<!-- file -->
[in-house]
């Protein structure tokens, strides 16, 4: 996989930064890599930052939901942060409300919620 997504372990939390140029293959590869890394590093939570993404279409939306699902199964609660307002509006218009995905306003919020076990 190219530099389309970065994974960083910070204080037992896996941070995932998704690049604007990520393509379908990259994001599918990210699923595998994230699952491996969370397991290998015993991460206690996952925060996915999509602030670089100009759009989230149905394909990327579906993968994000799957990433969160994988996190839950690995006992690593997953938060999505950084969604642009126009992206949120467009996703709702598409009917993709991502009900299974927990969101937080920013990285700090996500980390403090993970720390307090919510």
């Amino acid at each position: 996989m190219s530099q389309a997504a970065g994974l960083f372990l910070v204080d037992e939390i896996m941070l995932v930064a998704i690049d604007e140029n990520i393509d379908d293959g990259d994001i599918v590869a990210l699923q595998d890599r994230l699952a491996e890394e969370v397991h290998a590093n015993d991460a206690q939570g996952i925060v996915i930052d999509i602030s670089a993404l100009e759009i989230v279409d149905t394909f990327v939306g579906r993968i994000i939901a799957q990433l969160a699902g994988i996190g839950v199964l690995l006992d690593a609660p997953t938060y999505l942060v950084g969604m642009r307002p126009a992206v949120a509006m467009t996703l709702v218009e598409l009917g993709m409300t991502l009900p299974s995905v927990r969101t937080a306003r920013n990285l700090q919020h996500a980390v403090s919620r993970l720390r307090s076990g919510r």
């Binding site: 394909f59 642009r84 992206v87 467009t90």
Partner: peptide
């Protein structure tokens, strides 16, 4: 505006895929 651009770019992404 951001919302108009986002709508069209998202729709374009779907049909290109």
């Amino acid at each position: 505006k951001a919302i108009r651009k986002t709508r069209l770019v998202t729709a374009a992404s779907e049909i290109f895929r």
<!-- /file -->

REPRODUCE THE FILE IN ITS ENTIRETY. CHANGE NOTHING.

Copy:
[in-house]
């Protein structure tokens, strides 16, 4: 996989930064890599930052939901942060409300919620 997504372990939390140029293959590869890394590093939570993404279409939306699902199964609660307002509006218009995905306003919020076990 190219530099389309970065994974960083910070204080037992896996941070995932998704690049604007990520393509379908990259994001599918990210699923595998994230699952491996969370397991290998015993991460206690996952925060996915999509602030670089100009759009989230149905394909990327579906993968994000799957990433969160994988996190839950690995006992690593997953938060999505950084969604642009126009992206949120467009996703709702598409009917993709991502009900299974927990969101937080920013990285700090996500980390403090993970720390307090919510």
């Amino acid at each position: 996989m190219s530099q389309a997504a970065g994974l960083f372990l910070v204080d037992e939390i896996m941070l995932v930064a998704i690049d604007e140029n990520i393509d379908d293959g990259d994001i599918v590869a990210l699923q595998d890599r994230l699952a491996e890394e969370v397991h290998a590093n015993d991460a206690q939570g996952i925060v996915i930052d999509i602030s670089a993404l100009e759009i989230v279409d149905t394909f990327v939306g579906r993968i994000i939901a799957q990433l969160a699902g994988i996190g839950v199964l690995l006992d690593a609660p997953t938060y999505l942060v950084g969604m642009r307002p126009a992206v949120a509006m467009t996703l709702v218009e598409l009917g993709m409300t991502l009900p299974s995905v927990r969101t937080a306003r920013n990285l700090q919020h996500a980390v403090s919620r993970l720390r307090s076990g919510r």
């Binding site: 394909f59 642009r84 992206v87 467009t90």
Partner: peptide
């Protein structure tokens, strides 16, 4: 505006895929 651009770019992404 951001919302108009986002709508069209998202729709374009779907049909290109």
């Amino acid at each position: 505006k951001a919302i108009r651009k986002t709508r069209l770019v998202t729709a374009a992404s779907e049909i290109f895929r």